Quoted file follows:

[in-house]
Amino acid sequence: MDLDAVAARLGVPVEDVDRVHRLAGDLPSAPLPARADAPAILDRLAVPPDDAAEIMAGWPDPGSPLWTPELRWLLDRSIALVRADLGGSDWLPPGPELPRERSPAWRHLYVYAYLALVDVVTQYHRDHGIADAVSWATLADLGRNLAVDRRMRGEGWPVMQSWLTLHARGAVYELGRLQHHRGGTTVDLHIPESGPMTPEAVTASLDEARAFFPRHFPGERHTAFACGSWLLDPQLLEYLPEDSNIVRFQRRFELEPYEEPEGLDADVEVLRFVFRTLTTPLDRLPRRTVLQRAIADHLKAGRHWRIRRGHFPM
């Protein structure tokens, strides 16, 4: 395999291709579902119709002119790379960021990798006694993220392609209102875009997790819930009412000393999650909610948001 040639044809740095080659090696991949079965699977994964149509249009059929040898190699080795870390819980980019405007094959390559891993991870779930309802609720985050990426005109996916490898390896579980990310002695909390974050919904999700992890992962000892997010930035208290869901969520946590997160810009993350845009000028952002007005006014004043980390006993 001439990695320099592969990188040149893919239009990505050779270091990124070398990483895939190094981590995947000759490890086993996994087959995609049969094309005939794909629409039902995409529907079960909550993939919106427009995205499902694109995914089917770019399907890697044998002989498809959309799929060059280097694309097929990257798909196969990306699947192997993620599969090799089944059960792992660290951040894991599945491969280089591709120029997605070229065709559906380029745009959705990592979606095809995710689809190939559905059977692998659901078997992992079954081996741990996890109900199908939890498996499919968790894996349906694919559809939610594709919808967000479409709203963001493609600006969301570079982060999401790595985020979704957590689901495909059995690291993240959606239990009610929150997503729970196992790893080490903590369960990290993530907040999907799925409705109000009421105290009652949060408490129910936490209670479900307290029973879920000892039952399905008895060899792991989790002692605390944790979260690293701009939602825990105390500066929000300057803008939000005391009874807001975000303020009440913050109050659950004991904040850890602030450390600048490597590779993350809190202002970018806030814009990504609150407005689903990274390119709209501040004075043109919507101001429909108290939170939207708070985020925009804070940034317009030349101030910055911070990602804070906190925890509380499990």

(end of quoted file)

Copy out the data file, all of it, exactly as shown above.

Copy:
[in-house]
Amino acid sequence: MDLDAVAARLGVPVEDVDRVHRLAGDLPSAPLPARADAPAILDRLAVPPDDAAEIMAGWPDPGSPLWTPELRWLLDRSIALVRADLGGSDWLPPGPELPRERSPAWRHLYVYAYLALVDVVTQYHRDHGIADAVSWATLADLGRNLAVDRRMRGEGWPVMQSWLTLHARGAVYELGRLQHHRGGTTVDLHIPESGPMTPEAVTASLDEARAFFPRHFPGERHTAFACGSWLLDPQLLEYLPEDSNIVRFQRRFELEPYEEPEGLDADVEVLRFVFRTLTTPLDRLPRRTVLQRAIADHLKAGRHWRIRRGHFPM
């Protein structure tokens, strides 16, 4: 395999291709579902119709002119790379960021990798006694993220392609209102875009997790819930009412000393999650909610948001 040639044809740095080659090696991949079965699977994964149509249009059929040898190699080795870390819980980019405007094959390559891993991870779930309802609720985050990426005109996916490898390896579980990310002695909390974050919904999700992890992962000892997010930035208290869901969520946590997160810009993350845009000028952002007005006014004043980390006993 001439990695320099592969990188040149893919239009990505050779270091990124070398990483895939190094981590995947000759490890086993996994087959995609049969094309005939794909629409039902995409529907079960909550993939919106427009995205499902694109995914089917770019399907890697044998002989498809959309799929060059280097694309097929990257798909196969990306699947192997993620599969090799089944059960792992660290951040894991599945491969280089591709120029997605070229065709559906380029745009959705990592979606095809995710689809190939559905059977692998659901078997992992079954081996741990996890109900199908939890498996499919968790894996349906694919559809939610594709919808967000479409709203963001493609600006969301570079982060999401790595985020979704957590689901495909059995690291993240959606239990009610929150997503729970196992790893080490903590369960990290993530907040999907799925409705109000009421105290009652949060408490129910936490209670479900307290029973879920000892039952399905008895060899792991989790002692605390944790979260690293701009939602825990105390500066929000300057803008939000005391009874807001975000303020009440913050109050659950004991904040850890602030450390600048490597590779993350809190202002970018806030814009990504609150407005689903990274390119709209501040004075043109919507101001429909108290939170939207708070985020925009804070940034317009030349101030910055911070990602804070906190925890509380499990």